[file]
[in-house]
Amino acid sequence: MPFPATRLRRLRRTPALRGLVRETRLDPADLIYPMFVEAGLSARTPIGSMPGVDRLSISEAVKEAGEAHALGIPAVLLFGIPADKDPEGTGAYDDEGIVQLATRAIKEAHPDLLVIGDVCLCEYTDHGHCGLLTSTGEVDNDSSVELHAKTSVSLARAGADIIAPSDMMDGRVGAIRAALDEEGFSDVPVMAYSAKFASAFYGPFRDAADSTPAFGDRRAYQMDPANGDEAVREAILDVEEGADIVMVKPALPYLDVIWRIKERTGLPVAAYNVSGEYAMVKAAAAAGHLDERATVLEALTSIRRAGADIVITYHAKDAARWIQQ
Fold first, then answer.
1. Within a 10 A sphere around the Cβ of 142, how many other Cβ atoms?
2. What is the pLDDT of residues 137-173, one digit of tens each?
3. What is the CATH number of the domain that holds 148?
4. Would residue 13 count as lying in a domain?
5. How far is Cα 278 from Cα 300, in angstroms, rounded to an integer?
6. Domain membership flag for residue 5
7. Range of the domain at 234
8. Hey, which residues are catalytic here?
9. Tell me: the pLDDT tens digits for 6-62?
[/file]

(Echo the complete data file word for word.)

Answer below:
[in-house]
Amino acid sequence: MPFPATRLRRLRRTPALRGLVRETRLDPADLIYPMFVEAGLSARTPIGSMPGVDRLSISEAVKEAGEAHALGIPAVLLFGIPADKDPEGTGAYDDEGIVQLATRAIKEAHPDLLVIGDVCLCEYTDHGHCGLLTSTGEVDNDSSVELHAKTSVSLARAGADIIAPSDMMDGRVGAIRAALDEEGFSDVPVMAYSAKFASAFYGPFRDAADSTPAFGDRRAYQMDPANGDEAVREAILDVEEGADIVMVKPALPYLDVIWRIKERTGLPVAAYNVSGEYAMVKAAAAAGHLDERATVLEALTSIRRAGADIVITYHAKDAARWIQQ
Fold first, then answer.
1. Within a 10 A sphere around the Cβ of 142, how many other Cβ atoms?
2. What is the pLDDT of residues 137-173, one digit of tens each?
3. What is the CATH number of the domain that holds 148?
4. Would residue 13 count as lying in a domain?
5. How far is Cα 278 from Cα 300, in angstroms, rounded to an integer?
6. Domain membership flag for residue 5
7. Range of the domain at 234
8. Hey, which residues are catalytic here?
9. Tell me: the pLDDT tens digits for 6-62?